Back Pain & Sciatica
Relieve the Pains in Your Back with Physical Therapy
According to the American Physical Therapy Association, back pain is the most commonly reported pain across the nation, and one out of every four Americans has experienced back pain in the past three months.
Back pain and sciatica differ but are often confused with each other. Back is specific to the upper, mid or low back. Sciatica is a more diffuse, radiating pain down the buttock, thigh, and even leg. It is also possible to have radiculopathy, which is a radiating numbness, tingling, burning, or sharp pain to a specific part of the leg. This is often associated with a herniated disc, or entrapment of the nerve of that area, as it exits the spine.
Do you wake up in the morning with that nagging back pain? Are you feeling achy pain in your back, buttock, or even thigh? Are you having to watch what you do, because you are afraid you may hurt your back? If so, physiotherapy can help.
If you are searching for back pain relief or sciatica relief, don’t rely on medicines to mask the symptoms. Your body is telling you of the deeper root cause of the problem, that needs to be fixed. Know that physiotherapy should be your first treatment of choice, which eliminates your need for harmful painkilling drugs, such as opioids, or possibly avoid an invasive surgical procedure.
How will physiotherapy help with my back pain or sciatica?
For most people, back pain will come and go. However, what many people don’t realize, is that the underlying problem of poor joint movement, adverse neurodynamics (the ability of the nervous system to slide, glide and tolerate tension) and poor muscle coordination, can leave them at risk for future episodes of back pain.
Back pain and sciatica typically respond very well to physiotherapy. Your physiotherapist creates a specific treatment plan for you that is dependent upon your diagnosis and goals. The early stages of your physiotherapy treatment focus on pain relief.
As your pain reduces, your physiotherapist will expand on strengthening with specific therapeutic exercises and stretches. The goal here is to increase your strength and range of motion to prevent re-injury of your spine. Finally, we teach you ergonomics and ways to make sure you know how to take care of your spine, avoiding future problems.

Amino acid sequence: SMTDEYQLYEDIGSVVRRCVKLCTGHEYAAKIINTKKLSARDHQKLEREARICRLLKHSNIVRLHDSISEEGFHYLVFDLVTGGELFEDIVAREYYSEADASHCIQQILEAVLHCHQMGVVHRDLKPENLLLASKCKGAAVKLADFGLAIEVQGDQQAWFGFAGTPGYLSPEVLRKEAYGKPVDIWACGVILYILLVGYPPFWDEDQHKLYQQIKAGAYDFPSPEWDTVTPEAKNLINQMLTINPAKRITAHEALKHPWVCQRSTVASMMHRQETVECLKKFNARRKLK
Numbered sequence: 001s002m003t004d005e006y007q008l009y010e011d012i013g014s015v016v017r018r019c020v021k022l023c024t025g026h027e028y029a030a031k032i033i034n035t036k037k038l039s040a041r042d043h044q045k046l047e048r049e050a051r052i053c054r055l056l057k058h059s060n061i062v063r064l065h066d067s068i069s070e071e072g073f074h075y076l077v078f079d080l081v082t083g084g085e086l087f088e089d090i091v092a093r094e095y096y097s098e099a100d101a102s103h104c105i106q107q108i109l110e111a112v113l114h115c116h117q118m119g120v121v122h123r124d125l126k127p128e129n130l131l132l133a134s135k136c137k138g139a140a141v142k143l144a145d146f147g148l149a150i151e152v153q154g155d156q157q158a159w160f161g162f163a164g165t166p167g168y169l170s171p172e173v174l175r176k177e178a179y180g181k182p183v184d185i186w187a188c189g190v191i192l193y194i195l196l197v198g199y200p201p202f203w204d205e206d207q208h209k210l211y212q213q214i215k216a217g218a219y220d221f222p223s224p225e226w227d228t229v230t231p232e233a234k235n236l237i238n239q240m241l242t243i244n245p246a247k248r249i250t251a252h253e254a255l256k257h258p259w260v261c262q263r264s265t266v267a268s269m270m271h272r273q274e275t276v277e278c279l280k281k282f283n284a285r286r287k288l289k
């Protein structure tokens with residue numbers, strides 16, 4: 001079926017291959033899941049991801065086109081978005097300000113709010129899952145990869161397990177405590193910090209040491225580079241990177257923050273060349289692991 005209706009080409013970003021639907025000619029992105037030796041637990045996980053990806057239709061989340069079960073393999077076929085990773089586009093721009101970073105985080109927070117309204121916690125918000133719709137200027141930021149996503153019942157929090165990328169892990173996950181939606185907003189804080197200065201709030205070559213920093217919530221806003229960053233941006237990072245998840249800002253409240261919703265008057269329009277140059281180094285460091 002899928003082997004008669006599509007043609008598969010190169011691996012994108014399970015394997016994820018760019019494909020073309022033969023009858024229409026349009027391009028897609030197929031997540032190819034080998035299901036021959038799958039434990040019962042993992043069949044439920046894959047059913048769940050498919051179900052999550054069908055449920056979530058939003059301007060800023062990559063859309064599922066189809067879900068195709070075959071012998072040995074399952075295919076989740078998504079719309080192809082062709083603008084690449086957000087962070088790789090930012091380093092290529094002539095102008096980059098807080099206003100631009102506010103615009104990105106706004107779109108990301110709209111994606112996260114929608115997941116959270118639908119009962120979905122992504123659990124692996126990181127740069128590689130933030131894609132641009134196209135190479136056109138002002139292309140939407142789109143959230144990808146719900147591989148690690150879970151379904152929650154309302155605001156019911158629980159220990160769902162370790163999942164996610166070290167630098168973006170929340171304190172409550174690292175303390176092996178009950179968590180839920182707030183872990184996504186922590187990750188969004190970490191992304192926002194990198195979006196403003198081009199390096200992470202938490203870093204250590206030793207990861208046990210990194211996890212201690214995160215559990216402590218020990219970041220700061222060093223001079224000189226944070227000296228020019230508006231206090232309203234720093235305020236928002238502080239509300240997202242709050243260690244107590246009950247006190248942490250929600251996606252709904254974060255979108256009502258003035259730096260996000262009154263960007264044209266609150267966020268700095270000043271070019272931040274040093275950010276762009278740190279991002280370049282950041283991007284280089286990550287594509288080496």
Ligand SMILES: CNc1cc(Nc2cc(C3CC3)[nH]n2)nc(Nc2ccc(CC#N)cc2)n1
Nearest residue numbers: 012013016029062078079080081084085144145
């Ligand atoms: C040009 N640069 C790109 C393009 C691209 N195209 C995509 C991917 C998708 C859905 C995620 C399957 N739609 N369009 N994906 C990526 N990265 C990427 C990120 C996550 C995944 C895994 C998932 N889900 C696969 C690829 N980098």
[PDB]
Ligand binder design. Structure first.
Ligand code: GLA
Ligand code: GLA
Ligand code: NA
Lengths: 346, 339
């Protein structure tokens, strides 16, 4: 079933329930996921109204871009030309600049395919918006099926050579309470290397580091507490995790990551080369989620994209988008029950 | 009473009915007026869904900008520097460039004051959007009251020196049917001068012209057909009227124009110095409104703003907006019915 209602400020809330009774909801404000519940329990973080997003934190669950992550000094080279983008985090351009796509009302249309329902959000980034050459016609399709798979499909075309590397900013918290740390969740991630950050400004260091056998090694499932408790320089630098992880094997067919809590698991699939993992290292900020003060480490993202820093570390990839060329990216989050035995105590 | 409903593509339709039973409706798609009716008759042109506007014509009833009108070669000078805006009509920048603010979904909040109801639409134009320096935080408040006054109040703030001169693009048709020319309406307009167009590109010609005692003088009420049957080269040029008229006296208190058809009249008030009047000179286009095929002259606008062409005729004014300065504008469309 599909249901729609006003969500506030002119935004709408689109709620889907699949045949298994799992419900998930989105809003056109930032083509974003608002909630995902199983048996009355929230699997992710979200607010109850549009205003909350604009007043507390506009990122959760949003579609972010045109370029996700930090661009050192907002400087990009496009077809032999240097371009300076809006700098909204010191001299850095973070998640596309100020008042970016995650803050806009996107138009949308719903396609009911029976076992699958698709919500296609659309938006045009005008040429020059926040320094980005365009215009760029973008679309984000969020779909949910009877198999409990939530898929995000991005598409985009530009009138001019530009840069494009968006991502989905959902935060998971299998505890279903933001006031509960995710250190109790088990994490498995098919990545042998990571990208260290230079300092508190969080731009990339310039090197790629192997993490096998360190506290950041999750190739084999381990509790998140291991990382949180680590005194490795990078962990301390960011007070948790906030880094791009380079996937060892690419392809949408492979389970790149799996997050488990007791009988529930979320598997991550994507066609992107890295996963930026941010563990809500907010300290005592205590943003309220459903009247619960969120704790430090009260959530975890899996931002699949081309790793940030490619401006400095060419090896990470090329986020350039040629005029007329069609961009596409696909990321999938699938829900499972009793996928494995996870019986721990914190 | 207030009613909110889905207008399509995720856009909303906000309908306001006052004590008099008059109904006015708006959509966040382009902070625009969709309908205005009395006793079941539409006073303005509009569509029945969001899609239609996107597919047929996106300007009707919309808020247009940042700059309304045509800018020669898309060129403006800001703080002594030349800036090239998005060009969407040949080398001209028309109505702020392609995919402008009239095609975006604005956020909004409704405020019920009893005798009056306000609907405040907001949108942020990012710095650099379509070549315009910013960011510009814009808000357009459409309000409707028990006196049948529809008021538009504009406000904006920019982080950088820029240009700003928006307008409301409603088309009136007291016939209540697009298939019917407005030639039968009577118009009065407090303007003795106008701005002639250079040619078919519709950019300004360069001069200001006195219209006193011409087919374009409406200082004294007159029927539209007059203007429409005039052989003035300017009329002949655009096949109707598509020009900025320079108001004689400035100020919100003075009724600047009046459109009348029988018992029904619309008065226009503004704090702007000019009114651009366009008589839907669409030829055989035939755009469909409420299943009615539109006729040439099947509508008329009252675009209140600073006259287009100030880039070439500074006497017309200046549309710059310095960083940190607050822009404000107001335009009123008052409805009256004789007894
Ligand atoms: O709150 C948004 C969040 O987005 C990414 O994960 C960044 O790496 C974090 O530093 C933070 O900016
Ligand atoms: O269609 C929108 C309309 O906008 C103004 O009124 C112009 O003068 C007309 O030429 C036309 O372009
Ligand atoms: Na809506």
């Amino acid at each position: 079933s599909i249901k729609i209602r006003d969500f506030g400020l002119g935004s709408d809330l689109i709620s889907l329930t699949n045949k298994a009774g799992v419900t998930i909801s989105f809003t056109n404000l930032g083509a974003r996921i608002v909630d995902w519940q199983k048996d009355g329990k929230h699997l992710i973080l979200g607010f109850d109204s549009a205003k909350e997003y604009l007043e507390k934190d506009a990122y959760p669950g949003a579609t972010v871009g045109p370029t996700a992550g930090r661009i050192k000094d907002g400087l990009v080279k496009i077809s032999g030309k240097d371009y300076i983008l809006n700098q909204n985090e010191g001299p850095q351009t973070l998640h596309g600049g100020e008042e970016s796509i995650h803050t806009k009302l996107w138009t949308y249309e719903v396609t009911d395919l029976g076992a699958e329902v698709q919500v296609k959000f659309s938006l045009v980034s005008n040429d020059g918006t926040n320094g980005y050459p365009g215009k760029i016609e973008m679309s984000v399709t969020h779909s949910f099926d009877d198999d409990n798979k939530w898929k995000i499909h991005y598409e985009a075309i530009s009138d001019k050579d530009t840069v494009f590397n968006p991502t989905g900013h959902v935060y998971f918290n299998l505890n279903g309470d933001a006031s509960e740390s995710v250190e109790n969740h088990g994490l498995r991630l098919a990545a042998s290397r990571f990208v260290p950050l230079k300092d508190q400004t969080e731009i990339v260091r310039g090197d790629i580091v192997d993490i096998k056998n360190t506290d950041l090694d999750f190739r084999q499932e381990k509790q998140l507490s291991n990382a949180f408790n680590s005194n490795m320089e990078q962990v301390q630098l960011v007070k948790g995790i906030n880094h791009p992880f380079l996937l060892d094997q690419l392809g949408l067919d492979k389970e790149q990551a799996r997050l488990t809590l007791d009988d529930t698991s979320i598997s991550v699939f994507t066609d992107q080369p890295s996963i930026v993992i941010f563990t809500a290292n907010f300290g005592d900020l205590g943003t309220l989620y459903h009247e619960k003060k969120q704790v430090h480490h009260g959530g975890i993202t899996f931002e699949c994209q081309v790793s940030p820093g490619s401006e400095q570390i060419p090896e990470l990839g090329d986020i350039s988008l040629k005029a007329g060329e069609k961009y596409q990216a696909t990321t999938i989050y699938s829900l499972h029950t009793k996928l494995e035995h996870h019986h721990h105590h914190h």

If you are suffering from sciatica, our physiotherapists will implement specific leg stretches into your treatment plan to mobilize the sciatic nerve. This restores the natural health of the nerve and quickly reduces symptoms.
How can I tell if it’s back pain or sciatica?
Sciatica is a specific type of pain affecting the buttock and/or back of the leg. However, it is also fortunately very simple to diagnose. People with sciatica experience pain and sometimes numbness and tingling along their sciatic nerve, which is the largest nerve in your body.
The sciatic nerve is formed by five nerve roots which exit the spine in the lower back. This nerve supplies muscles and sensation of your buttocks, legs, and finally to the bottom of each foot. The sciatic nerve can become compressed or irritated, which causes a “shooting,” “stinging,” or “burning” sensation in your lower back, buttocks, legs, or feet.
“Back pain” is a term that can be caused by an array of different conditions. For example, you may experience back pain due to poor posture, a motor vehicle accident, or a lifting injury. The treatment plan that your Orillia, Ontario physiotherapist sets up for you, will depend on how you developed the back pain, in addition to its exact location and your past medical history.
What caused my back pain or sciatica?
General back pain typically develops as the result of an injury. This can be due to repetitive straining motions, such as leaning down multiple times throughout the day to pick up a toddler, or a more serious, sudden trauma, such as a motor vehicle accident. Underlying conditions, such as herniated discs and degenerative disc disease are quite common and surprisingly they are usually painless. However, your physiotherapist will be able to determine the extent to which these changes are impacting your back pain or sciatica.
your physiotherapist will be able to determine the extent to which
Sciatica’s technical name is “lumbar radiculopathy.” Many different factors can contribute to the development of sciatica. Quite commonly, we find that a loss of mobility in the lumbar spine, hips and pelvis, leads to weakness and tightness in the gluteus and hip muscles. This alters the mechanics of the spine causing compression of the sciatic nerve as it travels through these tissues.
Contact us for relief
If you are experiencing back pain or sciatica, make an appointment with one of our Physiotherapists at Lake Country Physiotherapy. No matter how severe the pain may be, we will help you get on the road to recovery as quickly as possible.